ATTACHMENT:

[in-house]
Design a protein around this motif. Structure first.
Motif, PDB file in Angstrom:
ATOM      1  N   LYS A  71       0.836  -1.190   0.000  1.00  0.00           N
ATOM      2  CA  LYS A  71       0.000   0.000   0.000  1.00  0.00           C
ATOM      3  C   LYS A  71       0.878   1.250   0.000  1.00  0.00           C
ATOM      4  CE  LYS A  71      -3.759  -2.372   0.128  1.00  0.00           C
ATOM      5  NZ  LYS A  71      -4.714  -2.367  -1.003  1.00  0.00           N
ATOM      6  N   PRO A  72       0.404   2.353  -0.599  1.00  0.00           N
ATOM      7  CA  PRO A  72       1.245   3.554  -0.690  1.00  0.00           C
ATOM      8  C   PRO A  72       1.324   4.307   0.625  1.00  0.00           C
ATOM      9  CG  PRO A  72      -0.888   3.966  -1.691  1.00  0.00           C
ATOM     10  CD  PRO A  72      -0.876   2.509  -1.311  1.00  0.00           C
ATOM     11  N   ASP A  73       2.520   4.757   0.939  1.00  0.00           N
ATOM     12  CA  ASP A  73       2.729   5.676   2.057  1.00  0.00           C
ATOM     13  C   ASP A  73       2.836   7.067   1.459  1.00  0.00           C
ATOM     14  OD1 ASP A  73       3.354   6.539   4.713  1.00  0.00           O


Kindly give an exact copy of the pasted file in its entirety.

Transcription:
[in-house]
Design a protein around this motif. Structure first.
Motif, PDB file in Angstrom:
ATOM      1  N   LYS A  71       0.836  -1.190   0.000  1.00  0.00           N
ATOM      2  CA  LYS A  71       0.000   0.000   0.000  1.00  0.00           C
ATOM      3  C   LYS A  71       0.878   1.250   0.000  1.00  0.00           C
ATOM      4  CE  LYS A  71      -3.759  -2.372   0.128  1.00  0.00           C
ATOM      5  NZ  LYS A  71      -4.714  -2.367  -1.003  1.00  0.00           N
ATOM      6  N   PRO A  72       0.404   2.353  -0.599  1.00  0.00           N
ATOM      7  CA  PRO A  72       1.245   3.554  -0.690  1.00  0.00           C
ATOM      8  C   PRO A  72       1.324   4.307   0.625  1.00  0.00           C
ATOM      9  CG  PRO A  72      -0.888   3.966  -1.691  1.00  0.00           C
ATOM     10  CD  PRO A  72      -0.876   2.509  -1.311  1.00  0.00           C
ATOM     11  N   ASP A  73       2.520   4.757   0.939  1.00  0.00           N
ATOM     12  CA  ASP A  73       2.729   5.676   2.057  1.00  0.00           C
ATOM     13  C   ASP A  73       2.836   7.067   1.459  1.00  0.00           C
ATOM     14  OD1 ASP A  73       3.354   6.539   4.713  1.00  0.00           O